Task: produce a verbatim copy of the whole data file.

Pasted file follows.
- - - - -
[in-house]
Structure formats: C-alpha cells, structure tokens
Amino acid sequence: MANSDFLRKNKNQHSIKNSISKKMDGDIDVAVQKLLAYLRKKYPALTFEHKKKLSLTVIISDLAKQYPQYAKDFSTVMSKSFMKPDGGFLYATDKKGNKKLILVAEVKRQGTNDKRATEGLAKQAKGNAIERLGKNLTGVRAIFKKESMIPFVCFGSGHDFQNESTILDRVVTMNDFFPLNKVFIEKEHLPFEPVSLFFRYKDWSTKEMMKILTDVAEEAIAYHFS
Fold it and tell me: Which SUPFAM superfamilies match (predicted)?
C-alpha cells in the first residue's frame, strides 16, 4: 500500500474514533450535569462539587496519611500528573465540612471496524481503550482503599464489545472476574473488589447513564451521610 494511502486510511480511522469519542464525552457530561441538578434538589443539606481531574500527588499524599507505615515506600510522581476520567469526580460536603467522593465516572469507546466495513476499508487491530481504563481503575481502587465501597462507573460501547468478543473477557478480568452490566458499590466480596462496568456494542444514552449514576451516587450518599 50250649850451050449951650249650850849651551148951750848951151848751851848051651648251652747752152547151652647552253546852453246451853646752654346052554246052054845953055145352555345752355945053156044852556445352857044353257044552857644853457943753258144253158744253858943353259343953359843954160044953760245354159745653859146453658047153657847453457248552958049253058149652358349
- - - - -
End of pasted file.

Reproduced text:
[in-house]
Structure formats: C-alpha cells, structure tokens
Amino acid sequence: MANSDFLRKNKNQHSIKNSISKKMDGDIDVAVQKLLAYLRKKYPALTFEHKKKLSLTVIISDLAKQYPQYAKDFSTVMSKSFMKPDGGFLYATDKKGNKKLILVAEVKRQGTNDKRATEGLAKQAKGNAIERLGKNLTGVRAIFKKESMIPFVCFGSGHDFQNESTILDRVVTMNDFFPLNKVFIEKEHLPFEPVSLFFRYKDWSTKEMMKILTDVAEEAIAYHFS
Fold it and tell me: Which SUPFAM superfamilies match (predicted)?
C-alpha cells in the first residue's frame, strides 16, 4: 500500500474514533450535569462539587496519611500528573465540612471496524481503550482503599464489545472476574473488589447513564451521610 494511502486510511480511522469519542464525552457530561441538578434538589443539606481531574500527588499524599507505615515506600510522581476520567469526580460536603467522593465516572469507546466495513476499508487491530481504563481503575481502587465501597462507573460501547468478543473477557478480568452490566458499590466480596462496568456494542444514552449514576451516587450518599 50250649850451050449951650249650850849651551148951750848951151848751851848051651648251652747752152547151652647552253546852453246451853646752654346052554246052054845953055145352555345752355945053156044852556445352857044353257044552857644853457943753258144253158744253858943353259343953359843954160044953760245354159745653859146453658047153657847453457248552958049253058149652358349